Though the new monistic movement is still in its infancy, we can already determine where it will end up by adulthood. It is already undermining the gospel in its fidelity to science. It seems, then, that the battle many Christians have been fighting over the fidelity of the gospel against the rise of science is not limited to the debate over evolution but also includes over the implications of neuroscience. Already many well known theologians have abandoned ship in an attempt to be faithful to science rather than faithful to Scripture and the gospel.

All of this is not to suggest that we must choose either-or. If Scripture is inerrant then science will never contradict it. However, many have come to Scripture and orthodox theology with a lot of secular science as baggage and the new monist movement is really no different.

So in the end, though the new monists seek to be faithful to Scripture – so long as their reading of Scripture affirms the finding of science – they have abandoned the gospel in favor of a more popular message more acceptable to the culture it finds itself in.

All Around the Web - July 26, 2016

Canon and Culture - Gender, Marriage, Hell’s Gates, and Your Church Documents

Carl Trueman - Playing with Fire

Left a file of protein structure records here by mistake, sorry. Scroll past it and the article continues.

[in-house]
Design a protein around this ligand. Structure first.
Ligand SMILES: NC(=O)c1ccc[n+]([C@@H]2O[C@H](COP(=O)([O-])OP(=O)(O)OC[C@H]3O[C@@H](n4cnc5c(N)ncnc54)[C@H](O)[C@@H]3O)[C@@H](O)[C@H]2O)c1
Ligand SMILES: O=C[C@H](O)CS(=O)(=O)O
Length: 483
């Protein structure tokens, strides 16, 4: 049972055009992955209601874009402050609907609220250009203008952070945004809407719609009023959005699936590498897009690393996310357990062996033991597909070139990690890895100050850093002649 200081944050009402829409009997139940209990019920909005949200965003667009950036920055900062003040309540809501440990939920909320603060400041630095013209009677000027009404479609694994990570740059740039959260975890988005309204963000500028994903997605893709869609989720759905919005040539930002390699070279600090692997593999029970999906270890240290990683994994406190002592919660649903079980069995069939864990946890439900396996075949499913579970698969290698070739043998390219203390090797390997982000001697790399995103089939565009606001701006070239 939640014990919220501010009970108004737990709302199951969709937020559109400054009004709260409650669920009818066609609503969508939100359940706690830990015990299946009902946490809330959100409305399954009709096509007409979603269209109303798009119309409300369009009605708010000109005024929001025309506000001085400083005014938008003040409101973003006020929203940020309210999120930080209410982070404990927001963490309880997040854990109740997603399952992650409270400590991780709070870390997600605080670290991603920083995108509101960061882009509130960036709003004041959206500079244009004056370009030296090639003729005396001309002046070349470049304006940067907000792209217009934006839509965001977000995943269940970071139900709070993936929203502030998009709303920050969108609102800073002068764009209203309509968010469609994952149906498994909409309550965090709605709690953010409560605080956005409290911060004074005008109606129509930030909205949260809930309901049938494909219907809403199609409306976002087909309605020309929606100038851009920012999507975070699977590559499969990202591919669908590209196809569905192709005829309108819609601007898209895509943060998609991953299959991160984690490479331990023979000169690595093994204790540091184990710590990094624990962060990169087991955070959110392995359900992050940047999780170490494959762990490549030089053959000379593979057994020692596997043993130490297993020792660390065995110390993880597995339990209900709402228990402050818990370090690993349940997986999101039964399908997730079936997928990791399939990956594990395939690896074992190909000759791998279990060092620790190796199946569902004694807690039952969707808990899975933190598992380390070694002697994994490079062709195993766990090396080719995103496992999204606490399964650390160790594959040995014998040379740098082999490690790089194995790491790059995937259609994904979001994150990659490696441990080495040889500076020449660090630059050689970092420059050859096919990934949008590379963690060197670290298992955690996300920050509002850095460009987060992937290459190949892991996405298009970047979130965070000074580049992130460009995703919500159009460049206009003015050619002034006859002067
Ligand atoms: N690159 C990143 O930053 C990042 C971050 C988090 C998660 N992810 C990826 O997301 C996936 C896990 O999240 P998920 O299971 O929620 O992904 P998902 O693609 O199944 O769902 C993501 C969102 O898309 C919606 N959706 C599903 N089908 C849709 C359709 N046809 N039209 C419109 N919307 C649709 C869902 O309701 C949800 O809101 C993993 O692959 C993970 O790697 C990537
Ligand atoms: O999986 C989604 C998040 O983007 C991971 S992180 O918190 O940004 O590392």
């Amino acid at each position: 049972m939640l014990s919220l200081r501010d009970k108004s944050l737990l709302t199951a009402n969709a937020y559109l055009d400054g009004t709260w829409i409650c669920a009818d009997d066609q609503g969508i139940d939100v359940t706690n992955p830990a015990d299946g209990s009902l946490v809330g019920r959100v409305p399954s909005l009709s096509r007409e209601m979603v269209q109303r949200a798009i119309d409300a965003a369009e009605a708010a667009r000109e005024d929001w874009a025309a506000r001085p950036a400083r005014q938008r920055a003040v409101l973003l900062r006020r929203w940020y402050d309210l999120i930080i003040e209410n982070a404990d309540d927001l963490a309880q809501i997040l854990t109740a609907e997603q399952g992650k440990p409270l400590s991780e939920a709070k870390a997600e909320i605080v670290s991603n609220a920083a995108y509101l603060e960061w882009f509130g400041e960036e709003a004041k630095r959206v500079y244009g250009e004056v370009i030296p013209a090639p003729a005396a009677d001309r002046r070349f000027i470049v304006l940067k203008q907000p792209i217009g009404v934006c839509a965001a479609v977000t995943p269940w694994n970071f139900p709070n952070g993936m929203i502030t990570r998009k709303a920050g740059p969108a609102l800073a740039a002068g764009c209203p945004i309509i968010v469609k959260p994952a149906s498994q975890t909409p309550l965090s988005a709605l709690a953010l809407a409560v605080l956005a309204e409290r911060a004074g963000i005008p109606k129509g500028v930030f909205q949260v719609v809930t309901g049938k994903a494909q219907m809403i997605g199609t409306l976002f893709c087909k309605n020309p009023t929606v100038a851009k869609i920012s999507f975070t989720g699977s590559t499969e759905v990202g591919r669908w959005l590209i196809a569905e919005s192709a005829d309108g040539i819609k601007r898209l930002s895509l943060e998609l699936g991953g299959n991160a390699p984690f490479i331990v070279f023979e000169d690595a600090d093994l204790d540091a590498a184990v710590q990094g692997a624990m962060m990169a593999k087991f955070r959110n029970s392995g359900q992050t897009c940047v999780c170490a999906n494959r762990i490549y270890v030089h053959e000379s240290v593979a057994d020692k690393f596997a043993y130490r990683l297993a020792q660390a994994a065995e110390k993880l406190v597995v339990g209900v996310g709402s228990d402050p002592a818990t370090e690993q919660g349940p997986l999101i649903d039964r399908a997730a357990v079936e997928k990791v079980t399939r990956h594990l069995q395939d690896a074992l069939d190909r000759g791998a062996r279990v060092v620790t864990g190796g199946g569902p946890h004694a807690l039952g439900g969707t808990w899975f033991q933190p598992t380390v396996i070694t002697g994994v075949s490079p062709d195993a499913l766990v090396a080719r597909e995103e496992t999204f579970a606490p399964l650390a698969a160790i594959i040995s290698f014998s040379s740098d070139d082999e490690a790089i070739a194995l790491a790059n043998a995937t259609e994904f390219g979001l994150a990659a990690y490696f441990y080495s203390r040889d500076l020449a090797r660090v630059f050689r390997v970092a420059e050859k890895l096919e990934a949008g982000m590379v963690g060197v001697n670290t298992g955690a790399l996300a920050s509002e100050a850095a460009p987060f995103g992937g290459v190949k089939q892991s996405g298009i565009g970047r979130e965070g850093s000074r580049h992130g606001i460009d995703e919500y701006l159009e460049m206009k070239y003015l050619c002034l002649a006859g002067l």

The Gospel Coalition - How Self-Help Can Become Self-Hurt

Thom Rainer - Seven Ideas for Effective Church Guest Follow-Up

The Cripplegate - Back to the Early Church?

Christian Post - Thousands of Muslims Converting to Christianity in Bangladesh Despite Rising Persecution

CBMW - CBMW Announcement: Denny Burk Named CBMW President

SB Nation - After Duke-UNC and Kentucky-Louisville, what's the best rivalry in college basketball?


Monday, July 25, 2016

"For Women Only" by Shaunti Feldhahn: A Review

At the most basic level, your man wants to be wanted. (93)

Men and women are different. Such a sentence was the equivalent of saying, "water is wet" or "heat is hot," but not anymore. Gender is fluid in postmodern, secular times. So much so "sex" and "gender" are no longer synonymous and the logos on restroom doors are increasingly meaningless. But regardless of popular trends in these confusing times, men and women are different.

While preparing for a sermon on the topic of marriage, I read the book For Women Only: What You Need to Know About the Inner Lives of Men by Shaunti Feldhahn. It has been sitting quietly on my shelf ignored for years (it was given to me) and I finally decided to "pick up and read." I have read countless books on marriage and relationships, but I was particularly interested in seeing what this book, written by a woman, would say to other women about the needs of their husband. I must confess the book was better than I anticipated.